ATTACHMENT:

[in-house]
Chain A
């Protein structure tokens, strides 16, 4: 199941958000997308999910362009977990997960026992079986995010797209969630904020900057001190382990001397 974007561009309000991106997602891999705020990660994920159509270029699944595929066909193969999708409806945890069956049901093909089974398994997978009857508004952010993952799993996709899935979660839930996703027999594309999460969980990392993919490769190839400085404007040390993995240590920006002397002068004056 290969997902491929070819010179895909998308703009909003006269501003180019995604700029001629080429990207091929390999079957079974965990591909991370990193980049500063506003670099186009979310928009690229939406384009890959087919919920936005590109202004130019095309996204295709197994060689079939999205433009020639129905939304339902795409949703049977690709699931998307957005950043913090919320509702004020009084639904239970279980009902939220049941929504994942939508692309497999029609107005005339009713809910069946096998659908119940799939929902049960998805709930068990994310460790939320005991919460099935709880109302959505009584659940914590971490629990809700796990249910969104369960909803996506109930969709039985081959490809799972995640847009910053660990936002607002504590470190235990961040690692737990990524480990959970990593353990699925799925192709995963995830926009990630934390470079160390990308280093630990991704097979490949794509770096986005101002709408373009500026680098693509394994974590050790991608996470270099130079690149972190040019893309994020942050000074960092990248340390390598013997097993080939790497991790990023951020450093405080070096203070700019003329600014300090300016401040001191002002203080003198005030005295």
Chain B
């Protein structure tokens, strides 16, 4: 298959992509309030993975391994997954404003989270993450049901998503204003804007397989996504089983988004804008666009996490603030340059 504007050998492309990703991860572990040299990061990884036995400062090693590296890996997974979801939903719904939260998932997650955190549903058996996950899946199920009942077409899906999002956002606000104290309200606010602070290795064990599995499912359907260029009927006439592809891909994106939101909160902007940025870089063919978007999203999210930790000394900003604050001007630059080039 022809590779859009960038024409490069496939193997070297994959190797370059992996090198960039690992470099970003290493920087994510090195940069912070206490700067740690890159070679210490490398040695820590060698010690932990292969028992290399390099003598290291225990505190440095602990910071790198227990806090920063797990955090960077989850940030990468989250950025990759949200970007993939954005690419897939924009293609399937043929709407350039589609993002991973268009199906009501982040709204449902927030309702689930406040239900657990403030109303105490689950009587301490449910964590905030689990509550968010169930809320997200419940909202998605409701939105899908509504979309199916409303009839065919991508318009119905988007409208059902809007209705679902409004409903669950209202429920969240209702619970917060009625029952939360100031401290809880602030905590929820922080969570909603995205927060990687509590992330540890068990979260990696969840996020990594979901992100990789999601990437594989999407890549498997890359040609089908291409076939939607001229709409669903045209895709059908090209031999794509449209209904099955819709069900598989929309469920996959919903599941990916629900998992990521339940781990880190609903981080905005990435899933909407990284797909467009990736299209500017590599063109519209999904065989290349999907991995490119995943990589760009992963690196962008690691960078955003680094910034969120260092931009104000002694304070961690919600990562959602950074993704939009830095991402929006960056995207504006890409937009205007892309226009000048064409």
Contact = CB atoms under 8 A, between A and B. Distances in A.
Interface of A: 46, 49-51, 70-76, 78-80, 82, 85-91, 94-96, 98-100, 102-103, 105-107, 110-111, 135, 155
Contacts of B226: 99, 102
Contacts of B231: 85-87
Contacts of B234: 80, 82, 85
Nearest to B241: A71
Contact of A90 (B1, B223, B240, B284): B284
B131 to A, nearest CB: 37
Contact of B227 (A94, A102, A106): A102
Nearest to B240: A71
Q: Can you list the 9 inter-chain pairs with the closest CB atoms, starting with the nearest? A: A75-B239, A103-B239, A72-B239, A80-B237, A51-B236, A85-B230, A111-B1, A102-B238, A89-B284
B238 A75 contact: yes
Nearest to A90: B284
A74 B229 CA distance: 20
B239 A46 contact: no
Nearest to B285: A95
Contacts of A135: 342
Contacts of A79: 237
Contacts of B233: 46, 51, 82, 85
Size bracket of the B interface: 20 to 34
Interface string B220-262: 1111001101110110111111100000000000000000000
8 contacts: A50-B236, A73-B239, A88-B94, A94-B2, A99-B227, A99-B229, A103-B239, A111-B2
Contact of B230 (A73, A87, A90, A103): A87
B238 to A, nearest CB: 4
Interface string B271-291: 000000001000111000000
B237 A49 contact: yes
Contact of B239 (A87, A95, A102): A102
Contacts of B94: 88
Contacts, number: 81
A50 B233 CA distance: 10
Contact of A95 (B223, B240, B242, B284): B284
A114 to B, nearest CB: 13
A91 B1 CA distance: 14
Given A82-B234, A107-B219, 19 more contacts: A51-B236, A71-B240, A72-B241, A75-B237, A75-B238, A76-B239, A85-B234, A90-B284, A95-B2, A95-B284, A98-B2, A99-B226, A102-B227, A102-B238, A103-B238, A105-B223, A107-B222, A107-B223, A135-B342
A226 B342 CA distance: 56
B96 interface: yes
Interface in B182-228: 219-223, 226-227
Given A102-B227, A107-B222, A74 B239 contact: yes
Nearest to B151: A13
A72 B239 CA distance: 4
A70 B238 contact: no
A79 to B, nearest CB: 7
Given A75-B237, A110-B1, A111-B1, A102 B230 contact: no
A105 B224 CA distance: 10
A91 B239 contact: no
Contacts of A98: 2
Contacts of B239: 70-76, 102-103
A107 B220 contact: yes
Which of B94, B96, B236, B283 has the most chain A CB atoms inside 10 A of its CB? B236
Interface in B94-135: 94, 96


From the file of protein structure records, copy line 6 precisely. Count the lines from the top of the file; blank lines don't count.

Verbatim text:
Contact = CB atoms under 8 A, between A and B. Distances in A.